Register Sunday | May 31 | 2020

The Fall 2019 Music Room

Featured Album

Several years ago, Daniel Caesar vagabonded from Oshawa, Ontario, to Toronto, washing dishes and living on friends’ couches while he wrote soulful slow jams. His gospel-steeped debut album, Freudian (independent), changed everything. It won him a Grammy, a spot on Barack Obama’s best-of-the-year playlist, and instant admission into the ranks of R&B royalty. Instead of apartment-hopping, he was suddenly flying from city to city, onto the next tour date or session with Kendrick Lamar. 

Labels and producers came calling, eager to make Caesar the next Weeknd with a sleek sophomore album, but he turned them down, opting instead to toil quietly for a couple years and then, unannounced, drop Case Study 01 (independent) this July. It oozes with rebellious verve, stuffed with stubbornly adventurous songwriting instead of shoe-in radio singles. Opener “Entropy” pairs slinky hooks with bristly beats before a ghostly choir melts into a deflated denouement, like a robot losing power. From his first line, Caesar is astonished—“Oh, how can this be? I finally found peace”—but also paranoid that his newfound happiness, both in music and love, won’t last. 

If showbiz is about who you know, Caesar’s career should be fine: he trades seductive verses with Brandy on the throwback gem “Love Again,” Pharrell Williams assists on the trappy “Frontal Lobe Muzik,” and John Mayer lends tasteful guitar licks to “Superstition.” The features work, but if the record needs anything, it’s more Caesar. He shrouds his melodies in roomy harmonies and disorienting effects, a decision that leaves you craving a purer dose of the sultry voice that first wooed the world. Still, Case Study 01 is a good omen: Caesar is on the path to becoming a Frank Ocean–calibre iconoclast, not just another pop star climbing the Top 40 charts.

Really Well (Tin Angel), the third album from Halifax-bred indie outfit Mauno, is a two-for-one deal: guitarist Nick Everett and bassist Eliza Niemi trade vocal duties, infusing the eccentric effort with split-personality spunk. Niemi lends her airy staccato to quirkier tracks like “Take Care,” while Everett helms irrepressible rockers like “Notice,” a fed-up lover’s final stand that ends in a jubilant chant of “No, fuck you.” No matter who’s singing, the songs are unpredictable—they speed up, slow down and explode into distortion without warning—and the default tone is self-deprecating: Niemi seems eternally certain her life is about to fall apart, while Everett devotes a line of standout track “Half It” to criticizing his own guitar solo. In reality, his inventive guitar work is one of Really Well ’s selling points. On the back-half stunner “20 Times,” he layers shimmering arpeggios over discordant plucking to create a glorious single-instrument orchestra.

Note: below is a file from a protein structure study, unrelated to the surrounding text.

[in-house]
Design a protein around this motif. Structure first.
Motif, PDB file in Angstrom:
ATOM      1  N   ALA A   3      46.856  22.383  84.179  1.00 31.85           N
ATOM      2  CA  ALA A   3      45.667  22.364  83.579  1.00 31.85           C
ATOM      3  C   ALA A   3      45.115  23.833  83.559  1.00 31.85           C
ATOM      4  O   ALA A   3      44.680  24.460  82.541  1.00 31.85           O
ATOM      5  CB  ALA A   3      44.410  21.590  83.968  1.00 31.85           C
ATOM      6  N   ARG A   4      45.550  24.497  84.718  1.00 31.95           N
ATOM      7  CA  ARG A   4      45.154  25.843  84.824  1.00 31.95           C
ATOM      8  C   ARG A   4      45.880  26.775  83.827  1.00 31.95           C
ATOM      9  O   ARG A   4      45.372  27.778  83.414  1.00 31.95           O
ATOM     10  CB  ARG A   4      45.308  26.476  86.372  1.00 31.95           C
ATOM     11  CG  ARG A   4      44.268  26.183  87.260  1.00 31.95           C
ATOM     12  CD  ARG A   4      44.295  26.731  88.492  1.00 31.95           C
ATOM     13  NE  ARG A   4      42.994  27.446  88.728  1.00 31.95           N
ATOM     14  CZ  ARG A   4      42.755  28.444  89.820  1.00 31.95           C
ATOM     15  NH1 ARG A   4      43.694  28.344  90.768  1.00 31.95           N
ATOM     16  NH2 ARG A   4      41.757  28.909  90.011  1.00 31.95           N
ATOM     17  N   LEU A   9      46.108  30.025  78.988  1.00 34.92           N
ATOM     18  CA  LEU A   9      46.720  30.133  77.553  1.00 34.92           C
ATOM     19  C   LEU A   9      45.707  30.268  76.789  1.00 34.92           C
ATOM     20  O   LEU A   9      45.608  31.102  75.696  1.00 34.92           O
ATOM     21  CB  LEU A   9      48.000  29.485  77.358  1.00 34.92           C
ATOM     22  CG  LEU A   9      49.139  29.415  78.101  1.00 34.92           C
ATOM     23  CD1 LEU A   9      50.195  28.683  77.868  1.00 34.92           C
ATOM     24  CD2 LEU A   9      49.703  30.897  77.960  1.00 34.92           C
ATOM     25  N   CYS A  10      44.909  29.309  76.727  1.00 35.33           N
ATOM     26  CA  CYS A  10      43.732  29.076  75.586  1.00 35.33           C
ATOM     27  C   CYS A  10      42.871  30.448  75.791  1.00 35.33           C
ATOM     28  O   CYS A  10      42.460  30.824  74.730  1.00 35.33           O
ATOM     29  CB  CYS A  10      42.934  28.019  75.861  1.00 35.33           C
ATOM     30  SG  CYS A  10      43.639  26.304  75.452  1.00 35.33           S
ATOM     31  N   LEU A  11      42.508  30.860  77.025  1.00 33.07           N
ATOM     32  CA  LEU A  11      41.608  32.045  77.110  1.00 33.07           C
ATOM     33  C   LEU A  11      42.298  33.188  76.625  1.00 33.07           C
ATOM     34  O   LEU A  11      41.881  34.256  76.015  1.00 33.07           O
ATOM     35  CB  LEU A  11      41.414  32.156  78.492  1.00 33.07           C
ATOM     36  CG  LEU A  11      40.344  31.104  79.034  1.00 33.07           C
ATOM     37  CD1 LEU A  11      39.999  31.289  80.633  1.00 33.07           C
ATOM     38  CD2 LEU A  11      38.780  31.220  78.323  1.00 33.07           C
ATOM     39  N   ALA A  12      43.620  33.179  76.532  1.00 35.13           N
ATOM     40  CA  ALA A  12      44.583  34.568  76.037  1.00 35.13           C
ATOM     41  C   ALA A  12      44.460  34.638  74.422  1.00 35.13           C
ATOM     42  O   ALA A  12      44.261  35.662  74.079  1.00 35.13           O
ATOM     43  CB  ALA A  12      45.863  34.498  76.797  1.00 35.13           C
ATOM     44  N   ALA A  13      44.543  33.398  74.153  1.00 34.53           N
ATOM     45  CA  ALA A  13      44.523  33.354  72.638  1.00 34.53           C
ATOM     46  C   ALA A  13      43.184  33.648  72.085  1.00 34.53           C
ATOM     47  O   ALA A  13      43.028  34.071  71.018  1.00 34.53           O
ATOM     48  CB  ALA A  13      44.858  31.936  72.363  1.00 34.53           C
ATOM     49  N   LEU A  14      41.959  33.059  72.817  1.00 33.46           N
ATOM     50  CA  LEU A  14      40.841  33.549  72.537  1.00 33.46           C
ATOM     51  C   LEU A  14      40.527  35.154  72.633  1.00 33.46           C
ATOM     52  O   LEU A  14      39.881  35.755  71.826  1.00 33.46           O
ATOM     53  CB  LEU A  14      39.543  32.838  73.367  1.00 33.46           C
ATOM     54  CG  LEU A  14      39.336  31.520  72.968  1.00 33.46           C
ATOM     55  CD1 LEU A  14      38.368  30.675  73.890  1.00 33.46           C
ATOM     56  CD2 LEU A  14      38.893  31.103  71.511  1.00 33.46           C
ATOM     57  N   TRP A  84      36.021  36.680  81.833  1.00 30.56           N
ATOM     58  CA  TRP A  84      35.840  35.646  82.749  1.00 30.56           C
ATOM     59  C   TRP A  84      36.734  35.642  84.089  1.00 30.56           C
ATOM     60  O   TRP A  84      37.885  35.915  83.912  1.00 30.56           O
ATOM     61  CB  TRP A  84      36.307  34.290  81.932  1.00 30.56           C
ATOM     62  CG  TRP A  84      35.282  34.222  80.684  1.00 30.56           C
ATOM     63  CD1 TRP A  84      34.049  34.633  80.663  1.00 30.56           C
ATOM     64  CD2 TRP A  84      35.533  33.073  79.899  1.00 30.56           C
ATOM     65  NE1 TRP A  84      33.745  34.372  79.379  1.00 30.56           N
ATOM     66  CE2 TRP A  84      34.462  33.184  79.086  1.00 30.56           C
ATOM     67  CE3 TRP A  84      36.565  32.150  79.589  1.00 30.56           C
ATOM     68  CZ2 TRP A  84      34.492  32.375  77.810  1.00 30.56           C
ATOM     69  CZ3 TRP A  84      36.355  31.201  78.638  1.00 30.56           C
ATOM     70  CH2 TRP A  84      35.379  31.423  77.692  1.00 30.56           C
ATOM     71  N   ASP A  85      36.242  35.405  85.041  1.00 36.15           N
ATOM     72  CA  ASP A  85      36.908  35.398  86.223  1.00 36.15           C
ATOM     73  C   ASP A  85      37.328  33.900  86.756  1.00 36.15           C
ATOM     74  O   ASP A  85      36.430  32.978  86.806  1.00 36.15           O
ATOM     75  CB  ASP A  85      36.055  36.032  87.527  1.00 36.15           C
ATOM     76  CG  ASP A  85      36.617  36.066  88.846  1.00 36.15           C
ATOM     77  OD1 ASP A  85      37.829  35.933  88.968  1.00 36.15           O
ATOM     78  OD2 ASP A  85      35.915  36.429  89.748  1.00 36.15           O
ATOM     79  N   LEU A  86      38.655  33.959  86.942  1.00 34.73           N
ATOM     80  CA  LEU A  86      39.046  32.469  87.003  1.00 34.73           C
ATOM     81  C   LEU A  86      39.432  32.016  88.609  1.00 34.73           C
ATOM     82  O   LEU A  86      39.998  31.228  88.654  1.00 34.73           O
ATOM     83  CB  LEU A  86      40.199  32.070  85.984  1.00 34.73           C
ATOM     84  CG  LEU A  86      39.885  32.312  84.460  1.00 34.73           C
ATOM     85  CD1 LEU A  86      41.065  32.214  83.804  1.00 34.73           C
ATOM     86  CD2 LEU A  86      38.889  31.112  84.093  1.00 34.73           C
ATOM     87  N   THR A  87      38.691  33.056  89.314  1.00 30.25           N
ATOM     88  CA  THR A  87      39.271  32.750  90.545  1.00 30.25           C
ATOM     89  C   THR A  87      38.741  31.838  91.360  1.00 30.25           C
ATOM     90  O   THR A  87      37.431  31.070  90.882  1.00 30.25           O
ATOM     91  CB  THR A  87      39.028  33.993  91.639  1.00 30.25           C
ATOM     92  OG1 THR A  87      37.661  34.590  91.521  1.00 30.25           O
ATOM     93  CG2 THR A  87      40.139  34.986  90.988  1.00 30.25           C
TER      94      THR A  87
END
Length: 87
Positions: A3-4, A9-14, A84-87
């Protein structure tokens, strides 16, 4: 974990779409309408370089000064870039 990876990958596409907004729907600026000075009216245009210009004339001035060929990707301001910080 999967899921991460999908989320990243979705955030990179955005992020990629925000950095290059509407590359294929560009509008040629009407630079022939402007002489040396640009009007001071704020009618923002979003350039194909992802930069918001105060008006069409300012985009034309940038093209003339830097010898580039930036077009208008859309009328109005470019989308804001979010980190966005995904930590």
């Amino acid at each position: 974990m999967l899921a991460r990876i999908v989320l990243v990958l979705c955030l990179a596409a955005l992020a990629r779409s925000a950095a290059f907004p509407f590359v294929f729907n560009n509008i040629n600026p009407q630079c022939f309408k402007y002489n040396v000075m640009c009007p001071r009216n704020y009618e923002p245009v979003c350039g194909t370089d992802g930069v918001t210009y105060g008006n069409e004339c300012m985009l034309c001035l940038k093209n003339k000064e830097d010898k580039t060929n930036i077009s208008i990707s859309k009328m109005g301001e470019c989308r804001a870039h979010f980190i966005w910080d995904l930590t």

Ben Cook is a musical chameleon. A staple of the Canadian hardcore scene, he could be screaming war cries in the Polaris Prize-winning punk band Fucked Up one day, then ghostwriting pop songs for Taylor Swift the next. On GUV I (Run For Cover), his third record under the name Young Guv, he tries something else entirely: jangling, joyful power pop that would have hijacked 1990s college-radio airwaves. The off-the-walls opener “Patterns Prevail” could be a lost Sloan single, while “Roll With Me” sounds like an Elliott Smith song played at double speed. Cook sounds forlorn (“You’re out of work and broke / Life’s the biggest joke”), but ethereal backups and lo-fi guitars keep the eight songs bright and tight—the whole thing clocks in at twenty-two minutes. You can take Cook out of a punk band, you can’t take the punk out of Cook.

In Case You Missed It: Geneva Freeport (Idée Fixe), the new EP from psychedelic Toronto trio Absolutely Free, takes its name from a Swiss storehouse where the ultra-rich stash priceless art tax-free. It’s an appropriately esoteric title for the high-minded three-song trip, which sounds like it was beamed to earth from a far-off planet. The philosophical title track opens with whooshing synths and pulsing percussion, a cosmic soundscape worthy of a sci-fi flick. The disco-indebted “Currency” crackles with shuffling snares, a metronomic bass groove and Robyn-esque vocals from the band’s indie contemporary, U.S. Girls’ Meg Remy. But Absolutely Free saves the most otherworldly track for last: “The Endless Scroll,” a ten-minute jam that combines cascading keyboard solos and tweaked-out organs into a jazzy prog-pop epic.